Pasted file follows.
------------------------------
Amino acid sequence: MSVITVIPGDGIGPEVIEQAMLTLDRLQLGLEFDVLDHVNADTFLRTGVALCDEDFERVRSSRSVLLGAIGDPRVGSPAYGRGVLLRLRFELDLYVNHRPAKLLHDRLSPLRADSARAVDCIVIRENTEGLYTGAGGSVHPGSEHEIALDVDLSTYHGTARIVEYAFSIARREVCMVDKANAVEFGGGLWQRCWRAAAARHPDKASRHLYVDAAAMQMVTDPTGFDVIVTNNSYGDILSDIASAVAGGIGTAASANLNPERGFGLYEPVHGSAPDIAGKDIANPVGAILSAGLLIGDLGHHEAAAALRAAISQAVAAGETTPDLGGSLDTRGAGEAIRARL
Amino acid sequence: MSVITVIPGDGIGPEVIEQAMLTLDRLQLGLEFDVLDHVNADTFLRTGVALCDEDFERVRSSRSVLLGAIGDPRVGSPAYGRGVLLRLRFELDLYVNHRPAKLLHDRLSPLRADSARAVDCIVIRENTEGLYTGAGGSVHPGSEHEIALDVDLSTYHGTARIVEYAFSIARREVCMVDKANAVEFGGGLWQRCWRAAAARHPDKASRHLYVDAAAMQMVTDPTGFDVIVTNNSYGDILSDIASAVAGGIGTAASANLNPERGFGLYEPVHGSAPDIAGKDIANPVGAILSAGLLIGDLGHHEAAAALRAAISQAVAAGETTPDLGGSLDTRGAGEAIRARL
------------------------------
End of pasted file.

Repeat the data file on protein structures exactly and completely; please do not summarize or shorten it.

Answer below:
Amino acid sequence: MSVITVIPGDGIGPEVIEQAMLTLDRLQLGLEFDVLDHVNADTFLRTGVALCDEDFERVRSSRSVLLGAIGDPRVGSPAYGRGVLLRLRFELDLYVNHRPAKLLHDRLSPLRADSARAVDCIVIRENTEGLYTGAGGSVHPGSEHEIALDVDLSTYHGTARIVEYAFSIARREVCMVDKANAVEFGGGLWQRCWRAAAARHPDKASRHLYVDAAAMQMVTDPTGFDVIVTNNSYGDILSDIASAVAGGIGTAASANLNPERGFGLYEPVHGSAPDIAGKDIANPVGAILSAGLLIGDLGHHEAAAALRAAISQAVAAGETTPDLGGSLDTRGAGEAIRARL
Amino acid sequence: MSVITVIPGDGIGPEVIEQAMLTLDRLQLGLEFDVLDHVNADTFLRTGVALCDEDFERVRSSRSVLLGAIGDPRVGSPAYGRGVLLRLRFELDLYVNHRPAKLLHDRLSPLRADSARAVDCIVIRENTEGLYTGAGGSVHPGSEHEIALDVDLSTYHGTARIVEYAFSIARREVCMVDKANAVEFGGGLWQRCWRAAAARHPDKASRHLYVDAAAMQMVTDPTGFDVIVTNNSYGDILSDIASAVAGGIGTAASANLNPERGFGLYEPVHGSAPDIAGKDIANPVGAILSAGLLIGDLGHHEAAAALRAAISQAVAAGETTPDLGGSLDTRGAGEAIRARL